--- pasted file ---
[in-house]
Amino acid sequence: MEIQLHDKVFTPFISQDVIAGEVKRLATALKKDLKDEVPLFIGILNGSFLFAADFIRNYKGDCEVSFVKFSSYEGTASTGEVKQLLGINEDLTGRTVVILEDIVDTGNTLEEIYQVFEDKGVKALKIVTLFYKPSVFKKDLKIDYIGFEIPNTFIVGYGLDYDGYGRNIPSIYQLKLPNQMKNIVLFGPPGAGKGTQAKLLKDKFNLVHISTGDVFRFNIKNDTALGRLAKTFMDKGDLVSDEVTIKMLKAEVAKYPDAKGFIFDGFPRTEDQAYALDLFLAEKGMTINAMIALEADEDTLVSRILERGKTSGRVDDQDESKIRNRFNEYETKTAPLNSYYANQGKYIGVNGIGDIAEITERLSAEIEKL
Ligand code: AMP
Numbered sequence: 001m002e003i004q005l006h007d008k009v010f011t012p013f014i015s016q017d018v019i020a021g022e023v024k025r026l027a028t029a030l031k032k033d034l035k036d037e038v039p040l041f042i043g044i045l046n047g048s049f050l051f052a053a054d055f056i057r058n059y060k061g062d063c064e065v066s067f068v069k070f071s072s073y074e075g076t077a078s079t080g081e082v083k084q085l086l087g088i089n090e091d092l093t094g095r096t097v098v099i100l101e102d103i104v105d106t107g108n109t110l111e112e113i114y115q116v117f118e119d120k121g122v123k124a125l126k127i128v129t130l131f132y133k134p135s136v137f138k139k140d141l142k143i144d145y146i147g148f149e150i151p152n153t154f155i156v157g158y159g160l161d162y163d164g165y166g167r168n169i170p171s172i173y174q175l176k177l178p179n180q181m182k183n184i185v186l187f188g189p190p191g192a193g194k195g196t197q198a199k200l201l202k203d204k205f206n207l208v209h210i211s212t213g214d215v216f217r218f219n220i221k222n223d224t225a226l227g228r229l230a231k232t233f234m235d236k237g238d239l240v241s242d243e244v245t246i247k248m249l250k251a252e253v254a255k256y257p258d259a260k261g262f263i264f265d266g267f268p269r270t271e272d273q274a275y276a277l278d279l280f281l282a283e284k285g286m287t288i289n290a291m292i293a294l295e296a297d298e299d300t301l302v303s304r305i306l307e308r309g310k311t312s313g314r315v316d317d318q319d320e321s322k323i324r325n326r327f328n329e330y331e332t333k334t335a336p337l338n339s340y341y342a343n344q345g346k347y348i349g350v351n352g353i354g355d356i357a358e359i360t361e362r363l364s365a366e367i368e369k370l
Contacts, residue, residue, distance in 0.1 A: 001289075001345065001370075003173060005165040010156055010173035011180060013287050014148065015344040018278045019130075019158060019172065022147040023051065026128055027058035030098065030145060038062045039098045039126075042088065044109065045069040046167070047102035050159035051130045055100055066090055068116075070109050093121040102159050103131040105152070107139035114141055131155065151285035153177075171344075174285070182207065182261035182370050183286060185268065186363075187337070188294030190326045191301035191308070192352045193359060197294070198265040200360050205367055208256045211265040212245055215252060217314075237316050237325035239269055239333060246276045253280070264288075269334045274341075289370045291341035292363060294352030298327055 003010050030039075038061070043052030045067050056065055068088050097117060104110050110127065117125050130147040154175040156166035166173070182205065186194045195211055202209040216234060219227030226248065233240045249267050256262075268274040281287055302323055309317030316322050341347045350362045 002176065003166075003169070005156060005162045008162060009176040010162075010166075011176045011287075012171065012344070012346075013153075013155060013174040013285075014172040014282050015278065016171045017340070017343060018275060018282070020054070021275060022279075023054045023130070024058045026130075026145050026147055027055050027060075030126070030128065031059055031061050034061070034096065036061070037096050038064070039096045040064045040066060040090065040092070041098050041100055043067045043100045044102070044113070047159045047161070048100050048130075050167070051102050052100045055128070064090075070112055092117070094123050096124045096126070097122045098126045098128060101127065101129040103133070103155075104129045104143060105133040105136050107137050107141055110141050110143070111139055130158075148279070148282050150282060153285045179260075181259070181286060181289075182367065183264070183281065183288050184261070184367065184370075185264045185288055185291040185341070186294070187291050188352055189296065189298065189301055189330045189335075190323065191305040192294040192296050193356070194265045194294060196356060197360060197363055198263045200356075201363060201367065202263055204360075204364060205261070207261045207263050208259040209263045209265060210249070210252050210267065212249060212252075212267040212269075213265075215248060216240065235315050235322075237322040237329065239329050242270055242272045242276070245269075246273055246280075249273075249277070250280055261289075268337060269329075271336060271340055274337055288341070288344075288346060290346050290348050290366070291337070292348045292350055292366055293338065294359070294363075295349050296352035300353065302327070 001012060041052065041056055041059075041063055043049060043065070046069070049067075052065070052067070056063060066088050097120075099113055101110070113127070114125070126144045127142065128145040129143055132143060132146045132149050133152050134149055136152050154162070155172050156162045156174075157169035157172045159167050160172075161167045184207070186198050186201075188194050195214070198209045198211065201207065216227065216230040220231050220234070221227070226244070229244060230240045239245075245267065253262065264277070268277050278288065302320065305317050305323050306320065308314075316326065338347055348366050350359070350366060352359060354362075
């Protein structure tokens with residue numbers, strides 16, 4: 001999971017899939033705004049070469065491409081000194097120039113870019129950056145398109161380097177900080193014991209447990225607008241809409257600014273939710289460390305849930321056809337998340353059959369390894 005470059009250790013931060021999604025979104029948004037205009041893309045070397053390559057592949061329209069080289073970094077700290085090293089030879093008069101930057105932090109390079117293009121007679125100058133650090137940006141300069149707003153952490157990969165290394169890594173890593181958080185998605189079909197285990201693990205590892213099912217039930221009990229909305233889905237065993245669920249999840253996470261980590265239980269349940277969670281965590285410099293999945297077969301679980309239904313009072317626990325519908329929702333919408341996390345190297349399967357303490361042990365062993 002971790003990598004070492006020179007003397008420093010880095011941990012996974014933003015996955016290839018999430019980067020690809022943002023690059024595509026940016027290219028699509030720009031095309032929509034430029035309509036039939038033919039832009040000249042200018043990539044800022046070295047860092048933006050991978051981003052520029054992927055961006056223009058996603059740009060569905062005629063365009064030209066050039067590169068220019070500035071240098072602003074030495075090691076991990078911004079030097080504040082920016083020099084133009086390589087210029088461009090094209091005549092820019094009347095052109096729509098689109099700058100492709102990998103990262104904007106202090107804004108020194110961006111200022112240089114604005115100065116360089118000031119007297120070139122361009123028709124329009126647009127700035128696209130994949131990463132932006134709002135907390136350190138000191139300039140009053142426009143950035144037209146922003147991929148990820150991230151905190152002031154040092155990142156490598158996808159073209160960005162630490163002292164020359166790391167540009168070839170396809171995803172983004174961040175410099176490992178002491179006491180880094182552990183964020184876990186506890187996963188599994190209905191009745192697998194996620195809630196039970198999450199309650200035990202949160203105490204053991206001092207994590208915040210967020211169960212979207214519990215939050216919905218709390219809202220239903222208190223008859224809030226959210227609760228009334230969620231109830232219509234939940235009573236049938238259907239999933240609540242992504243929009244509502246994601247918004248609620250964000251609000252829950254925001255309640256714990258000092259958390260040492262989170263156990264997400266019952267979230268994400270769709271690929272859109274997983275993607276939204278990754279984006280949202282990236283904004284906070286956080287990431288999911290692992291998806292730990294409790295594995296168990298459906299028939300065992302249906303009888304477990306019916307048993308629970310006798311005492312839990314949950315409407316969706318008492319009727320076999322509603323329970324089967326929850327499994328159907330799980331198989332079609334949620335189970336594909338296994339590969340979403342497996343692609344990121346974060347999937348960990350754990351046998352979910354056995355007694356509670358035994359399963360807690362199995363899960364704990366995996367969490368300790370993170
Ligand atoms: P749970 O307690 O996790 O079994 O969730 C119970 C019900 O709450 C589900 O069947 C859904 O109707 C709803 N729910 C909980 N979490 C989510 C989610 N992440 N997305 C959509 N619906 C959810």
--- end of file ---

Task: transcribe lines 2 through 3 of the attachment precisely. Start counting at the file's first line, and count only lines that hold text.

Amino acid sequence: MEIQLHDKVFTPFISQDVIAGEVKRLATALKKDLKDEVPLFIGILNGSFLFAADFIRNYKGDCEVSFVKFSSYEGTASTGEVKQLLGINEDLTGRTVVILEDIVDTGNTLEEIYQVFEDKGVKALKIVTLFYKPSVFKKDLKIDYIGFEIPNTFIVGYGLDYDGYGRNIPSIYQLKLPNQMKNIVLFGPPGAGKGTQAKLLKDKFNLVHISTGDVFRFNIKNDTALGRLAKTFMDKGDLVSDEVTIKMLKAEVAKYPDAKGFIFDGFPRTEDQAYALDLFLAEKGMTINAMIALEADEDTLVSRILERGKTSGRVDDQDESKIRNRFNEYETKTAPLNSYYANQGKYIGVNGIGDIAEITERLSAEIEKL
Ligand code: AMP